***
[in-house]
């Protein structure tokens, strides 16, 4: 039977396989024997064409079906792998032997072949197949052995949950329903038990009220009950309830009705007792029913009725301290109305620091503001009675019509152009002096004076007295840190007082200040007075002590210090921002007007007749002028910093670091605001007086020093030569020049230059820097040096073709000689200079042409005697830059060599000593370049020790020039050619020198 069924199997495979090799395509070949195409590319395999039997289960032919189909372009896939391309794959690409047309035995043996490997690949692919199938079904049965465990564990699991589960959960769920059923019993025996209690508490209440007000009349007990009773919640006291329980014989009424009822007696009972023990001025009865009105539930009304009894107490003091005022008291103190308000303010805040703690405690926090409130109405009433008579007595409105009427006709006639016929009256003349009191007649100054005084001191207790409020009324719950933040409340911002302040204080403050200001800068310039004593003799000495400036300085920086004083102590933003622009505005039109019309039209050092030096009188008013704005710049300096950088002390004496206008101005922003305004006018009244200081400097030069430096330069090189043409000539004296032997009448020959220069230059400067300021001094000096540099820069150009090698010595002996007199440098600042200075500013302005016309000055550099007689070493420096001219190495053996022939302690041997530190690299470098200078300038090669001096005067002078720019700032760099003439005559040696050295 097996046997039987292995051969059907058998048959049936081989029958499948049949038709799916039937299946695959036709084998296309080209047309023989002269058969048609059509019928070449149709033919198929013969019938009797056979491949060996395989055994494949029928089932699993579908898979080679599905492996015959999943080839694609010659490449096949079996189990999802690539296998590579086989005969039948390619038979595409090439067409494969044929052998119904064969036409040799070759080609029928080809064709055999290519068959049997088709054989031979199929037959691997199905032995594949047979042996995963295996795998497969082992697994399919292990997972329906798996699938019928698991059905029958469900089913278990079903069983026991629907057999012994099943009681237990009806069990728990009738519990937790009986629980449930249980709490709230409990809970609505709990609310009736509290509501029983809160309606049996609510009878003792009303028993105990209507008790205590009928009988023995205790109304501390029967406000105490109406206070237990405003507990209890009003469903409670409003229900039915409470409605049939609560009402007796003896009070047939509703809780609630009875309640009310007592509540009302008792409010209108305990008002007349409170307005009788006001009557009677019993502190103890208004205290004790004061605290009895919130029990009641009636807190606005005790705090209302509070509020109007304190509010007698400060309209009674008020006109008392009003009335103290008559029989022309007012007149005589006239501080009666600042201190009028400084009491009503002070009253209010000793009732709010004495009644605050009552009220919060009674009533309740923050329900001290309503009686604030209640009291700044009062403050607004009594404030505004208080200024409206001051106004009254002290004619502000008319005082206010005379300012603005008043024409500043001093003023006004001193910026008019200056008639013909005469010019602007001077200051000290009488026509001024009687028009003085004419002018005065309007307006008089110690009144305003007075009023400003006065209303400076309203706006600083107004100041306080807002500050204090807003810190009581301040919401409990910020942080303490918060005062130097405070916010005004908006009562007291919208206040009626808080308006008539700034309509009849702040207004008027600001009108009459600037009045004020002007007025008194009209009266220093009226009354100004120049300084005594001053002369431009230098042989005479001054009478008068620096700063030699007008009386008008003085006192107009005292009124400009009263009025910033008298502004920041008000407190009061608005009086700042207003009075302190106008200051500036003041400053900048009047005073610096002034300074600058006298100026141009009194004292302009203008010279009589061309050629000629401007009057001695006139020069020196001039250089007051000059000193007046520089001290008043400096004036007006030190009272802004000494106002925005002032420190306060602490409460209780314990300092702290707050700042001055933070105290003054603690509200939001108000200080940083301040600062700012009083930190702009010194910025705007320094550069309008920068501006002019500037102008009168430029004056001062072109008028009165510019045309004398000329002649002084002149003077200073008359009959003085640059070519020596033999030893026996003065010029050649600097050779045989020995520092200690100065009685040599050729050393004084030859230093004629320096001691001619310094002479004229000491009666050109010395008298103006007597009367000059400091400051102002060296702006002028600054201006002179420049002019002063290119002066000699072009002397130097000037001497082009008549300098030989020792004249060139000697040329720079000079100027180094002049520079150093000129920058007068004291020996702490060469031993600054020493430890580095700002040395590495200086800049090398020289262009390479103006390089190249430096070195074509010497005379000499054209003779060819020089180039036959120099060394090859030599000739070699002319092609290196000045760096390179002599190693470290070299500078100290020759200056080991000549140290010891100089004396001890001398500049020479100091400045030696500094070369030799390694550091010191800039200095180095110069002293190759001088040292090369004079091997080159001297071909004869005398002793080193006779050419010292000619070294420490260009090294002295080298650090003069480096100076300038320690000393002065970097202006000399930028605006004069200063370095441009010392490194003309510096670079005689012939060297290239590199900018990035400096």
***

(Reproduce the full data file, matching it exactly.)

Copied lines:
[in-house]
């Protein structure tokens, strides 16, 4: 039977396989024997064409079906792998032997072949197949052995949950329903038990009220009950309830009705007792029913009725301290109305620091503001009675019509152009002096004076007295840190007082200040007075002590210090921002007007007749002028910093670091605001007086020093030569020049230059820097040096073709000689200079042409005697830059060599000593370049020790020039050619020198 069924199997495979090799395509070949195409590319395999039997289960032919189909372009896939391309794959690409047309035995043996490997690949692919199938079904049965465990564990699991589960959960769920059923019993025996209690508490209440007000009349007990009773919640006291329980014989009424009822007696009972023990001025009865009105539930009304009894107490003091005022008291103190308000303010805040703690405690926090409130109405009433008579007595409105009427006709006639016929009256003349009191007649100054005084001191207790409020009324719950933040409340911002302040204080403050200001800068310039004593003799000495400036300085920086004083102590933003622009505005039109019309039209050092030096009188008013704005710049300096950088002390004496206008101005922003305004006018009244200081400097030069430096330069090189043409000539004296032997009448020959220069230059400067300021001094000096540099820069150009090698010595002996007199440098600042200075500013302005016309000055550099007689070493420096001219190495053996022939302690041997530190690299470098200078300038090669001096005067002078720019700032760099003439005559040696050295 097996046997039987292995051969059907058998048959049936081989029958499948049949038709799916039937299946695959036709084998296309080209047309023989002269058969048609059509019928070449149709033919198929013969019938009797056979491949060996395989055994494949029928089932699993579908898979080679599905492996015959999943080839694609010659490449096949079996189990999802690539296998590579086989005969039948390619038979595409090439067409494969044929052998119904064969036409040799070759080609029928080809064709055999290519068959049997088709054989031979199929037959691997199905032995594949047979042996995963295996795998497969082992697994399919292990997972329906798996699938019928698991059905029958469900089913278990079903069983026991629907057999012994099943009681237990009806069990728990009738519990937790009986629980449930249980709490709230409990809970609505709990609310009736509290509501029983809160309606049996609510009878003792009303028993105990209507008790205590009928009988023995205790109304501390029967406000105490109406206070237990405003507990209890009003469903409670409003229900039915409470409605049939609560009402007796003896009070047939509703809780609630009875309640009310007592509540009302008792409010209108305990008002007349409170307005009788006001009557009677019993502190103890208004205290004790004061605290009895919130029990009641009636807190606005005790705090209302509070509020109007304190509010007698400060309209009674008020006109008392009003009335103290008559029989022309007012007149005589006239501080009666600042201190009028400084009491009503002070009253209010000793009732709010004495009644605050009552009220919060009674009533309740923050329900001290309503009686604030209640009291700044009062403050607004009594404030505004208080200024409206001051106004009254002290004619502000008319005082206010005379300012603005008043024409500043001093003023006004001193910026008019200056008639013909005469010019602007001077200051000290009488026509001024009687028009003085004419002018005065309007307006008089110690009144305003007075009023400003006065209303400076309203706006600083107004100041306080807002500050204090807003810190009581301040919401409990910020942080303490918060005062130097405070916010005004908006009562007291919208206040009626808080308006008539700034309509009849702040207004008027600001009108009459600037009045004020002007007025008194009209009266220093009226009354100004120049300084005594001053002369431009230098042989005479001054009478008068620096700063030699007008009386008008003085006192107009005292009124400009009263009025910033008298502004920041008000407190009061608005009086700042207003009075302190106008200051500036003041400053900048009047005073610096002034300074600058006298100026141009009194004292302009203008010279009589061309050629000629401007009057001695006139020069020196001039250089007051000059000193007046520089001290008043400096004036007006030190009272802004000494106002925005002032420190306060602490409460209780314990300092702290707050700042001055933070105290003054603690509200939001108000200080940083301040600062700012009083930190702009010194910025705007320094550069309008920068501006002019500037102008009168430029004056001062072109008028009165510019045309004398000329002649002084002149003077200073008359009959003085640059070519020596033999030893026996003065010029050649600097050779045989020995520092200690100065009685040599050729050393004084030859230093004629320096001691001619310094002479004229000491009666050109010395008298103006007597009367000059400091400051102002060296702006002028600054201006002179420049002019002063290119002066000699072009002397130097000037001497082009008549300098030989020792004249060139000697040329720079000079100027180094002049520079150093000129920058007068004291020996702490060469031993600054020493430890580095700002040395590495200086800049090398020289262009390479103006390089190249430096070195074509010497005379000499054209003779060819020089180039036959120099060394090859030599000739070699002319092609290196000045760096390179002599190693470290070299500078100290020759200056080991000549140290010891100089004396001890001398500049020479100091400045030696500094070369030799390694550091010191800039200095180095110069002293190759001088040292090369004079091997080159001297071909004869005398002793080193006779050419010292000619070294420490260009090294002295080298650090003069480096100076300038320690000393002065970097202006000399930028605006004069200063370095441009010392490194003309510096670079005689012939060297290239590199900018990035400096």